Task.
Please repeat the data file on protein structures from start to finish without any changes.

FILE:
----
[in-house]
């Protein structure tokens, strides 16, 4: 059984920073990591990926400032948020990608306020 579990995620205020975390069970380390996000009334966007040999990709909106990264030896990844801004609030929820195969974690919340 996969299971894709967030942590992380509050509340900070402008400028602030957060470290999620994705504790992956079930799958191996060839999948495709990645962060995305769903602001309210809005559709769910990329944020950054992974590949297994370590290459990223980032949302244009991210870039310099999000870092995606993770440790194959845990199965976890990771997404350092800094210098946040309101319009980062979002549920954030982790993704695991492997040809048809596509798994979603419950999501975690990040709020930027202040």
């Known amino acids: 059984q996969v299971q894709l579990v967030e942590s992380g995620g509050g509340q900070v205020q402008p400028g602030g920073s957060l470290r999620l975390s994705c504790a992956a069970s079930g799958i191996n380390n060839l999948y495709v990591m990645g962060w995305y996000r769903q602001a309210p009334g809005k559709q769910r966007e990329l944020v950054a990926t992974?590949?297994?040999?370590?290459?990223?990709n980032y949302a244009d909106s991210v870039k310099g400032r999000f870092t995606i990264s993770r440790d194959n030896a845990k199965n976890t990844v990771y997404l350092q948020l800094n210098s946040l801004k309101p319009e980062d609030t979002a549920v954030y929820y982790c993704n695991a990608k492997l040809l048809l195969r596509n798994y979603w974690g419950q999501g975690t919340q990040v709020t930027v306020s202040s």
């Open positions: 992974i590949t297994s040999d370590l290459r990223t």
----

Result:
[in-house]
């Protein structure tokens, strides 16, 4: 059984920073990591990926400032948020990608306020 579990995620205020975390069970380390996000009334966007040999990709909106990264030896990844801004609030929820195969974690919340 996969299971894709967030942590992380509050509340900070402008400028602030957060470290999620994705504790992956079930799958191996060839999948495709990645962060995305769903602001309210809005559709769910990329944020950054992974590949297994370590290459990223980032949302244009991210870039310099999000870092995606993770440790194959845990199965976890990771997404350092800094210098946040309101319009980062979002549920954030982790993704695991492997040809048809596509798994979603419950999501975690990040709020930027202040």
């Known amino acids: 059984q996969v299971q894709l579990v967030e942590s992380g995620g509050g509340q900070v205020q402008p400028g602030g920073s957060l470290r999620l975390s994705c504790a992956a069970s079930g799958i191996n380390n060839l999948y495709v990591m990645g962060w995305y996000r769903q602001a309210p009334g809005k559709q769910r966007e990329l944020v950054a990926t992974?590949?297994?040999?370590?290459?990223?990709n980032y949302a244009d909106s991210v870039k310099g400032r999000f870092t995606i990264s993770r440790d194959n030896a845990k199965n976890t990844v990771y997404l350092q948020l800094n210098s946040l801004k309101p319009e980062d609030t979002a549920v954030y929820y982790c993704n695991a990608k492997l040809l048809l195969r596509n798994y979603w974690g419950q999501g975690t919340q990040v709020t930027v306020s202040s």
């Open positions: 992974i590949t297994s040999d370590l290459r990223t």